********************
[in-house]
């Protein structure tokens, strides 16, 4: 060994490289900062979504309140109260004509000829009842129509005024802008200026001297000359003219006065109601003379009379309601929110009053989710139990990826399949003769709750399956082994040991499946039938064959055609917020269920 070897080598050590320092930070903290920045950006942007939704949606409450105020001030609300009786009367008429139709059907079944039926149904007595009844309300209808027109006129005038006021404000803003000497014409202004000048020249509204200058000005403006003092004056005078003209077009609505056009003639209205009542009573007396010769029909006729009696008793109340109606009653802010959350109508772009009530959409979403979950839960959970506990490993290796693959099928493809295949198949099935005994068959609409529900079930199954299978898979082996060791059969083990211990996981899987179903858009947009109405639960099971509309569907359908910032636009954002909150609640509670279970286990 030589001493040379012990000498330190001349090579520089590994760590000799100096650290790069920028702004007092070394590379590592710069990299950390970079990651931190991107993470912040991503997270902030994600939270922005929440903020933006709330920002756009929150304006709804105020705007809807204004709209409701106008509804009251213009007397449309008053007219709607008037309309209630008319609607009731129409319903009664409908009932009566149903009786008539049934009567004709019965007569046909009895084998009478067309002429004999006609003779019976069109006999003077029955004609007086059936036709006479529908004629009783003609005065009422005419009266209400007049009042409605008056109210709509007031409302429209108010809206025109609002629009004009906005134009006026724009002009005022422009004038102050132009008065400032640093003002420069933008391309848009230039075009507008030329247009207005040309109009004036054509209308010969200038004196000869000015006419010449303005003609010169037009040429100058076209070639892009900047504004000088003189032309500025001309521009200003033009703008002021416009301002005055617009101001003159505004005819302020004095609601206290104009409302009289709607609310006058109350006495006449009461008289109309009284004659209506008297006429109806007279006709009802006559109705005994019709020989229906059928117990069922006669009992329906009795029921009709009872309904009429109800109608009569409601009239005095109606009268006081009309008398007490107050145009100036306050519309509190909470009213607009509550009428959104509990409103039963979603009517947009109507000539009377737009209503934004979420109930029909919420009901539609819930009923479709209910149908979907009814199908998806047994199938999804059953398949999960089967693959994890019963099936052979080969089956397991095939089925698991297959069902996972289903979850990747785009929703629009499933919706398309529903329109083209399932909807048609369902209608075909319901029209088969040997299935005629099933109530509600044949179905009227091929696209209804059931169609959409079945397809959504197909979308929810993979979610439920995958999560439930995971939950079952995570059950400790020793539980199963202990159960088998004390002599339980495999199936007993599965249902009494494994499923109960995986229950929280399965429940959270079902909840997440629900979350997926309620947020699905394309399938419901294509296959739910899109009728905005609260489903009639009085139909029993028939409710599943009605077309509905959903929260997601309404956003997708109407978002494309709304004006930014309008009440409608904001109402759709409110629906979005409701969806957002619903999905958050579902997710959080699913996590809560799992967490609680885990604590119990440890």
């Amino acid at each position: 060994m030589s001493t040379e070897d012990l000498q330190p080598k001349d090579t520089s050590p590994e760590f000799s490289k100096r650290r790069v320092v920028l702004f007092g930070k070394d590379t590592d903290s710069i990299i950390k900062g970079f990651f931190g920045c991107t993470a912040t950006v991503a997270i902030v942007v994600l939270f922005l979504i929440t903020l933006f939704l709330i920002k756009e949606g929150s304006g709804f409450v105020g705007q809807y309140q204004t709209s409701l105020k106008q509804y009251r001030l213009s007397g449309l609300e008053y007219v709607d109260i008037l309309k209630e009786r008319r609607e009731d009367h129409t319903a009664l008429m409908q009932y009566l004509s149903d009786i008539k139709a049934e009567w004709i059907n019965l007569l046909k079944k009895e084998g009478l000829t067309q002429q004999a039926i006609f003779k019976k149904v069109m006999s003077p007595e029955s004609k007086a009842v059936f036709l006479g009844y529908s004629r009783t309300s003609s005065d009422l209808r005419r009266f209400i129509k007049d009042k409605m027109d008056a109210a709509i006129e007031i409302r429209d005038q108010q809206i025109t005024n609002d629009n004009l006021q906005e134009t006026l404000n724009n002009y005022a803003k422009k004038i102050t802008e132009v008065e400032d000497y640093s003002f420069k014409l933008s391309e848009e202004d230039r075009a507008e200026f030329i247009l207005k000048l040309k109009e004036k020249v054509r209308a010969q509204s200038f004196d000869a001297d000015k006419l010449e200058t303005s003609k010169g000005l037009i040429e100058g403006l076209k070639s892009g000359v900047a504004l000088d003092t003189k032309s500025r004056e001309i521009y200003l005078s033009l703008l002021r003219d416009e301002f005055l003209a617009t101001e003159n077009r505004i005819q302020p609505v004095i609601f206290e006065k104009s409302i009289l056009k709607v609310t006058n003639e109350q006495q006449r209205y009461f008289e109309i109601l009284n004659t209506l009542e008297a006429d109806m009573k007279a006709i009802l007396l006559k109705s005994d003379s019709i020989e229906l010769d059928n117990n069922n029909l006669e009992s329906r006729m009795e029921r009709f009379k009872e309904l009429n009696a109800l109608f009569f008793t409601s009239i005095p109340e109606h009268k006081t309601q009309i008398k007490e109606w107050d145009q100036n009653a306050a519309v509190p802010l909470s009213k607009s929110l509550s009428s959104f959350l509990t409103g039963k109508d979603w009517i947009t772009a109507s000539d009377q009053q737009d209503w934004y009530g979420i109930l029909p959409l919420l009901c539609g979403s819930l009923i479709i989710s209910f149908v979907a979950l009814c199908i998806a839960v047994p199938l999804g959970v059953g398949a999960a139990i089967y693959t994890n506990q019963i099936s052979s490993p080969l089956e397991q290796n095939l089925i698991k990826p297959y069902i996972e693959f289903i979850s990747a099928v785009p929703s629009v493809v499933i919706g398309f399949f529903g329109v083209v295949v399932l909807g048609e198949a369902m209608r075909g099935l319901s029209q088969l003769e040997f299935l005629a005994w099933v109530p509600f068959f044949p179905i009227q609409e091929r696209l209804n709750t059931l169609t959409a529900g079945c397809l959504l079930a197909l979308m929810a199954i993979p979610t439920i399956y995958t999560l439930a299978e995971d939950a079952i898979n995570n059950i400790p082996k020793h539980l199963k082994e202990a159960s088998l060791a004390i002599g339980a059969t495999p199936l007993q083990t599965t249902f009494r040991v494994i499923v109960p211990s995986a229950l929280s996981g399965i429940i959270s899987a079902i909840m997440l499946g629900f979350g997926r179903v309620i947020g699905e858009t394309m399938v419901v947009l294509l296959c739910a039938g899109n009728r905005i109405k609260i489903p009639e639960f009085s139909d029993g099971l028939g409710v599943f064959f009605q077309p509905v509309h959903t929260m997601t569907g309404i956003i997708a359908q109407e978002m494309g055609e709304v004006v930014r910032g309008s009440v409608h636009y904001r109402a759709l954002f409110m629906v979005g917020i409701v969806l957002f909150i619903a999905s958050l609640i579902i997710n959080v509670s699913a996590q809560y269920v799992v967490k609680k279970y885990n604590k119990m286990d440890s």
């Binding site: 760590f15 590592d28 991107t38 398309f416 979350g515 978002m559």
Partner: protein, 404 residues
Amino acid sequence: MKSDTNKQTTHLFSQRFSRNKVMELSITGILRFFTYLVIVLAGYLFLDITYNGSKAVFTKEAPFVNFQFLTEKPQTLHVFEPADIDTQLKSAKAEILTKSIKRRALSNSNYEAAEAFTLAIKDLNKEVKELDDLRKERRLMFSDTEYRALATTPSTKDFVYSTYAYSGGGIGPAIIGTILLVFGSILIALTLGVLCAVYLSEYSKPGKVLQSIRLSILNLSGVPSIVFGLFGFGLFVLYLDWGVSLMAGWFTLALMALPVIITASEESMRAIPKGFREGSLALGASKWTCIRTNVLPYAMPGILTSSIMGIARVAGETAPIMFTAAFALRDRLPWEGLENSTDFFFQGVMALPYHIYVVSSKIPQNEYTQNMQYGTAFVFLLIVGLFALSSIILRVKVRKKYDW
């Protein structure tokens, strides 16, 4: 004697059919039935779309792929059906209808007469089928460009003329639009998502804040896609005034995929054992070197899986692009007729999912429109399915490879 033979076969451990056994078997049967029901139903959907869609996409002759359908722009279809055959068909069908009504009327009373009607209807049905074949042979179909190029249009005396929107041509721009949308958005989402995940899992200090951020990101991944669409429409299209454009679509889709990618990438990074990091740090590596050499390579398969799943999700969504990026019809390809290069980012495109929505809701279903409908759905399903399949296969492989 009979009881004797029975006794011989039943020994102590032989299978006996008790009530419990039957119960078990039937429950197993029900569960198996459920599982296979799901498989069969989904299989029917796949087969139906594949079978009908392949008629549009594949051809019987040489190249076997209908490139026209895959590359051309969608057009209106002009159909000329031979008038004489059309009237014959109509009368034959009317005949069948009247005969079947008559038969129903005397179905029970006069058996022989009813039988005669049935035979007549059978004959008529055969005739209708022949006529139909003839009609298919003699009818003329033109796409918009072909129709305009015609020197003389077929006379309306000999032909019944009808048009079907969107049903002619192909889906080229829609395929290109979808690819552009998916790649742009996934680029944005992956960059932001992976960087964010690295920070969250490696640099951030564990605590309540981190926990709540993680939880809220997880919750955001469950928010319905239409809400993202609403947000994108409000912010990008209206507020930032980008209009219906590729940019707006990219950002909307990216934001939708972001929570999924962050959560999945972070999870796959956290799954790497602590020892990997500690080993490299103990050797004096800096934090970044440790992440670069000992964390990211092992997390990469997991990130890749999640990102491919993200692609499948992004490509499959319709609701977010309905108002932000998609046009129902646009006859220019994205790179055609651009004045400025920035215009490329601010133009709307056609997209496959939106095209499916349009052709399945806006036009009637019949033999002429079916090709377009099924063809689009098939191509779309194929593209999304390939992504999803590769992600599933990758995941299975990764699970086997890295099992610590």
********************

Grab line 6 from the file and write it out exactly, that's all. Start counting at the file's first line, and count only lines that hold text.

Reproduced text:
Amino acid sequence: MKSDTNKQTTHLFSQRFSRNKVMELSITGILRFFTYLVIVLAGYLFLDITYNGSKAVFTKEAPFVNFQFLTEKPQTLHVFEPADIDTQLKSAKAEILTKSIKRRALSNSNYEAAEAFTLAIKDLNKEVKELDDLRKERRLMFSDTEYRALATTPSTKDFVYSTYAYSGGGIGPAIIGTILLVFGSILIALTLGVLCAVYLSEYSKPGKVLQSIRLSILNLSGVPSIVFGLFGFGLFVLYLDWGVSLMAGWFTLALMALPVIITASEESMRAIPKGFREGSLALGASKWTCIRTNVLPYAMPGILTSSIMGIARVAGETAPIMFTAAFALRDRLPWEGLENSTDFFFQGVMALPYHIYVVSSKIPQNEYTQNMQYGTAFVFLLIVGLFALSSIILRVKVRKKYDW